Thursday, August 29, 2013

Amanda Earl: While I Am Alive I Want . . .

To see the end of war, violence, starvation, poverty, homelessness and disease. C'mon Genie, if you're giving out wishes…

To love and be loved by my husband until "a' the seas gang drye, my dear and the rocks melt wi' the sun," as Robbie Burns would say.

To prepare, with my husband (who is the actual cook; I chop & get out the ingredients) , a recipe I've been meaning to try for ages, a sausage casserole dish from the Joy of Cooking, and if it's any good,  to serve it to dear friends while listening to a music play list that I have designed and drinking Campo Viejo Rioja, my favourite wine.

To explore and create art in whatever form happens to hold my interest.

To finally read Moby Dick, Anaïs Nin's diaries and to finish Proust's Remembrance of Things Past.

To taste every kind of edible (non hallucinogenic) mushroom.

To graffiti public spaces with subversive made up aphorisms.

To attend rallies on Parliament Hill to advocate for causes that are important to me.

To sample rare and exotic black teas I haven't yet tried, such as Assam Mangalam Tea.

To not accumulate more material things unless absolutely necessary and to get rid of old junk.

To spend as much time as possible with my husband, dear friends and lovers. 

To make new friends who I can learn from and who can learn from me.

To take long walks alone or with others in snow, rain, new green and autumn leaf.

To ride in cars only when I absolutely have to.

To avoid airplane travel, which I loathe as much as pain and hives.

To be resilient and strong if I am faced with more health crises or if my loved ones are.

To give time, money and attention to those who need it.

To be a loyal, giving and attentive friend.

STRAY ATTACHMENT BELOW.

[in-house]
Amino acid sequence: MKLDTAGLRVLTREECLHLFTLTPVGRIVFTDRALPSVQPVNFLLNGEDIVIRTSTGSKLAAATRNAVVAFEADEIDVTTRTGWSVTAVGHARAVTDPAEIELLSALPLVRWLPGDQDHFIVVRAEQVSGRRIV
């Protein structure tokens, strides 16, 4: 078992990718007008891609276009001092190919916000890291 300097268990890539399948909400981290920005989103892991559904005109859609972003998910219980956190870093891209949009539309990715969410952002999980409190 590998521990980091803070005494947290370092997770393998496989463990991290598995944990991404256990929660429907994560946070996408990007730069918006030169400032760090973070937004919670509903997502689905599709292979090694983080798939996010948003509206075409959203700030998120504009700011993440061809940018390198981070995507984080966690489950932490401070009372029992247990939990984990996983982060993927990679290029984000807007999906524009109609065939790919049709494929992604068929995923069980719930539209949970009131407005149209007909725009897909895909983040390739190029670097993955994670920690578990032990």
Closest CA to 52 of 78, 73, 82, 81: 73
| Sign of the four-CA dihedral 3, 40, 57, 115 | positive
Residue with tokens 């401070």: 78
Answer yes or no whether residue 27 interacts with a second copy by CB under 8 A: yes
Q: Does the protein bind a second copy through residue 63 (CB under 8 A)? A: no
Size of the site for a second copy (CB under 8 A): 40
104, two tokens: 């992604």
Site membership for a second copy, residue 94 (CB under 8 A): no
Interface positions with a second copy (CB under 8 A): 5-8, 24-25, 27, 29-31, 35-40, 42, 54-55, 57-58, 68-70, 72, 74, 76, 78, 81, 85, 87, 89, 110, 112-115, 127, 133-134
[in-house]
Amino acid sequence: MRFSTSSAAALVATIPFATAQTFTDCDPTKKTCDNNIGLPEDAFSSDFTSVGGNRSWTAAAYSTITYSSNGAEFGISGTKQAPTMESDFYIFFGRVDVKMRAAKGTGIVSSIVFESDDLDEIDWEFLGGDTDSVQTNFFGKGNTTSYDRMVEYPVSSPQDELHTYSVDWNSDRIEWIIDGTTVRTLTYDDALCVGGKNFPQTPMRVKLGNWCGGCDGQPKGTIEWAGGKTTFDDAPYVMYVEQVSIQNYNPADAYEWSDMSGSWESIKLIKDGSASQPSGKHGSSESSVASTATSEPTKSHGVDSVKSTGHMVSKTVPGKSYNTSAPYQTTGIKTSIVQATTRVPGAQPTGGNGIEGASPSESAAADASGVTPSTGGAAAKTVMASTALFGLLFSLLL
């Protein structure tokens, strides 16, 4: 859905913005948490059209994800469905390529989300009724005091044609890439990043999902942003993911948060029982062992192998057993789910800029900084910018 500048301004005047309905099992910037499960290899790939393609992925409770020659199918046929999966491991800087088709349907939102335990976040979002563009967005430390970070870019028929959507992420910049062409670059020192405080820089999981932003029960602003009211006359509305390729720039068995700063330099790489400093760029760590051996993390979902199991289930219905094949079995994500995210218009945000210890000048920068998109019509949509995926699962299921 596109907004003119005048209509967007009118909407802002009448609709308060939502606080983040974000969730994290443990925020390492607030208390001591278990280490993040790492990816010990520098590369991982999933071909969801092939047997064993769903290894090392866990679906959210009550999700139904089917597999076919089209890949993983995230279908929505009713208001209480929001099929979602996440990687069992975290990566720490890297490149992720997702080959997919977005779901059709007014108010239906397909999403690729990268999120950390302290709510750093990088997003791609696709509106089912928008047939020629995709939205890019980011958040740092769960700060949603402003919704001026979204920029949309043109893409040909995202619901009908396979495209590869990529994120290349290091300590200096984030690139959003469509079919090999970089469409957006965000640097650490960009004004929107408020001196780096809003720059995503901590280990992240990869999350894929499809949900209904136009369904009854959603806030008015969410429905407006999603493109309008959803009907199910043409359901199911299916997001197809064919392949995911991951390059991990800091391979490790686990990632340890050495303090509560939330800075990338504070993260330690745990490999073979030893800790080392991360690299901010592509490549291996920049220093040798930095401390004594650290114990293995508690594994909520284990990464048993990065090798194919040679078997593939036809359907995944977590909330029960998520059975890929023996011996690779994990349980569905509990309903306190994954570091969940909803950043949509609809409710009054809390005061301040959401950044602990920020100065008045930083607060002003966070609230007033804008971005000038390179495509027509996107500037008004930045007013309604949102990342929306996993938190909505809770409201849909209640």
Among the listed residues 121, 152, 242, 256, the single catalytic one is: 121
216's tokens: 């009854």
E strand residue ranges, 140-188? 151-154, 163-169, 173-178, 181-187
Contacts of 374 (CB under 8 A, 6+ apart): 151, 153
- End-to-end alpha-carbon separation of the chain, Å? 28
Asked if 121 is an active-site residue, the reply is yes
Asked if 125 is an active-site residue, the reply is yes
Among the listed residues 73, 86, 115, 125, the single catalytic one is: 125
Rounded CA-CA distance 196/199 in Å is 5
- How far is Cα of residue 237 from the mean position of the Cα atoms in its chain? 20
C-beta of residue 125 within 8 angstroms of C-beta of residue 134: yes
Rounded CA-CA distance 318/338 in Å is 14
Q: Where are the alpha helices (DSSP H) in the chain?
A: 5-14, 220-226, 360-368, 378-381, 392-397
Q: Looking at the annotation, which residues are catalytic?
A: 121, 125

To be honest, sincere, authentic and direct.

To keep my word, to have integrity.

To savour each moment because it may just very well be the last.

16 comments:

  1. Perfect, Amanda!

    Now I've got to go look up that recipe.

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    1. thanks, Lisabet. if you make it before me, let me know how it goes ;)

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  2. Is there more than one sausage casserole recipe in Joy of Cooking? I'll have to check.

    A lovely listing of the things that really count, Amanda.

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    1. thanks, Sacchi. the recipe is called "Bean, Tomato & Sausage Gratin." it's on page 97 of the 75th anniversary edition of the Joy of Cooking, most recent printing 2006. if you make it, let me know :) one of the things that intrigues me about it is that it's elaborate. there are many steps. JOC has a tendency to nest recipes within recipes, which makes it frustrating, but it's the main recipe book we have used over the years.

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  3. Beware! The recipes in Joy are labor-intensive, often too complex and sometimes don't come out so good. Joy is unparalleled in explaining cooking techniques and use of ingredients, but recipes? IMO--meh.

    But may all your wishes come true. With a delivery so poetic, I can't see how they wouldn't.